What happened

Shares of Denali Therapeutics (NASDAQ:DNLI), a biopharmaceutical company focused on neurodegenerative diseases, rose 24% as of 2:36 p.m. EST on Tuesday in response to announcing that its pipeline is progressing.

So what

Here are the key takeaways for investors:

  • DNL201 showed "high levels of target and pathway engagement and improvement of lysosomal biomarkers" in a phase 1b trial testing the compound as a hopeful treatment for Parkinson's disease. The drug also met all of the trial's biomarker goals and was generally well tolerated at the low dose. The majority of subjects experienced either mild or moderate adverse events at the high dose, however.
  • DNL151 showed "high levels of target and pathway engagement and modulation of lysosomal biomarkers in healthy volunteers" in a Phase 1b study in patients with Parkinson's disease. The trial also met all safety and biomarker goals and DNL151 was generally safe and well-tolerated at all doses tested.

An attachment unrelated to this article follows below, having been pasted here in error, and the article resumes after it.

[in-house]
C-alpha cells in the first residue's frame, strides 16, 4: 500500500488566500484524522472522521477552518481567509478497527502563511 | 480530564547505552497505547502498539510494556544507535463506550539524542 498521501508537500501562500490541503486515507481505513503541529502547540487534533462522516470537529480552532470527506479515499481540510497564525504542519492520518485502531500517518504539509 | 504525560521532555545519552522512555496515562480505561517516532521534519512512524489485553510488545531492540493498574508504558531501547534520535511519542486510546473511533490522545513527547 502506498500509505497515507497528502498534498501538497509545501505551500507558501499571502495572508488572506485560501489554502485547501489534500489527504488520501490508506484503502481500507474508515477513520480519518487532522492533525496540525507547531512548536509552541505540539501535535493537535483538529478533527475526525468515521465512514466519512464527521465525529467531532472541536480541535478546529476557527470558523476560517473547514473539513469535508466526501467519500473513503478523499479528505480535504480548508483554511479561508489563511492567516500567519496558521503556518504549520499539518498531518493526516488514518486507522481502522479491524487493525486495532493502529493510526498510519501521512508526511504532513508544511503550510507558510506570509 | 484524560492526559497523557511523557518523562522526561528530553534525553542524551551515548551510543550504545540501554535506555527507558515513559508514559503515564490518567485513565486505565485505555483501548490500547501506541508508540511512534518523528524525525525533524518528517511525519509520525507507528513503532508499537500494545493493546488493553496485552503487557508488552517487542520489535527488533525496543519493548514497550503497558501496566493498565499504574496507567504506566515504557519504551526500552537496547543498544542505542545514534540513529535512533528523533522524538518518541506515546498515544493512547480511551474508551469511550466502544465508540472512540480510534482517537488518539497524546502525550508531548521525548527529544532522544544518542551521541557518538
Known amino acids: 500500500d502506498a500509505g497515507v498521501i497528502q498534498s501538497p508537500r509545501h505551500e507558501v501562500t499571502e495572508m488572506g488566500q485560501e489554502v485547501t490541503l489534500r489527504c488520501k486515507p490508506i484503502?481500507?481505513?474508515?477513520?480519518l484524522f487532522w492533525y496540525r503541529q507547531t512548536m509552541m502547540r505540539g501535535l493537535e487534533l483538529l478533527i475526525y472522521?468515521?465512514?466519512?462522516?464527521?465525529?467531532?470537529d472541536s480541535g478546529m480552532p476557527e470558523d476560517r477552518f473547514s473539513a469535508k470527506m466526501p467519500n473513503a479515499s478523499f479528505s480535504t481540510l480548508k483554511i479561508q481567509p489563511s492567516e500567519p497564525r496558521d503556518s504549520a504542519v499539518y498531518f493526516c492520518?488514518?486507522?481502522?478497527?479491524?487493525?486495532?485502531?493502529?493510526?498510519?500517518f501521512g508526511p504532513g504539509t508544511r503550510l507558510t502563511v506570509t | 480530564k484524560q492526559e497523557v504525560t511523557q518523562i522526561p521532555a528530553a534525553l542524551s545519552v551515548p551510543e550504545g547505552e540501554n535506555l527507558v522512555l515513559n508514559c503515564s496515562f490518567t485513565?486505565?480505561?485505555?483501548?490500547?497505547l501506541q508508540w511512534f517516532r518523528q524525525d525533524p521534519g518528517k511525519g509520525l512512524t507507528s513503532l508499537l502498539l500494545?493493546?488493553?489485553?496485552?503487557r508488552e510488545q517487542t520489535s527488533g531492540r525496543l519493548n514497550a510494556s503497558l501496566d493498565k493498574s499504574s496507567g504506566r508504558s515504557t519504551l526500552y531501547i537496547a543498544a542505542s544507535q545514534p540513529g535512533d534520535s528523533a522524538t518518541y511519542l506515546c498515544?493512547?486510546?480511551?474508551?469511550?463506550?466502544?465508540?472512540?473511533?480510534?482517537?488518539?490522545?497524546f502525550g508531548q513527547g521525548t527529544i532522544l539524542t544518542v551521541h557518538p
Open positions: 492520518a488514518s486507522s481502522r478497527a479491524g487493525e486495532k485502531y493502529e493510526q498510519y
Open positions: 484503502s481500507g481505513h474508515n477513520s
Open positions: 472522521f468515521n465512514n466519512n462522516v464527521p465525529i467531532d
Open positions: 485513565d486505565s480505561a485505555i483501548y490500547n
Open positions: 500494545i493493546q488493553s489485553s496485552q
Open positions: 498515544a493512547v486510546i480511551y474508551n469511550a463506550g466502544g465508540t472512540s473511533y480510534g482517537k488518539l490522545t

• An IND has been submitted for DNL310, a hopeful treatment for Hunter syndrome. A phase 1/2 trial will be initiated if Denali receives clearance. 
  • DNL747 phase 1b trial in Alzheimer's disease and amyotrophic lateral sclerosis (ALS, which is more commonly known as Lou Gehrig's disease) is fully enrolled. Data is expected by the middle of 2020.
  • A clinical trial application (CTA) has been approved for a Phase 1 study of DNL343 as a hopeful treatment for ALS and other neurodegenerative diseases.
Group of researchers pointing at DNA

Image source: Getty Images.

Given the deluge of upbeat clinical news, it's easy to understand why shares are flying high today. 

Now what

Denali's CEO Ryan Watts stated: "We are also enthusiastic about advancing two new molecules toward the clinic, DNL343 for ALS and other neurodegenerative diseases and DNL310 for Hunter syndrome, which is also expected to generate proof-of-concept in humans for our Transport Vehicle blood-brain barrier delivery platform."

Neurodegenerative diseases like Alzheimer's and ALS are notoriously difficult to treat, so it's highly encouraging to see that Denali continues to make clinical progress. However, history shows that even the most promising biotechnology drugs often fail in late-stage trials, so investors shouldn't get their hopes up just yet. That's why my plan is to root for Denali's success from the safety of the sidelines.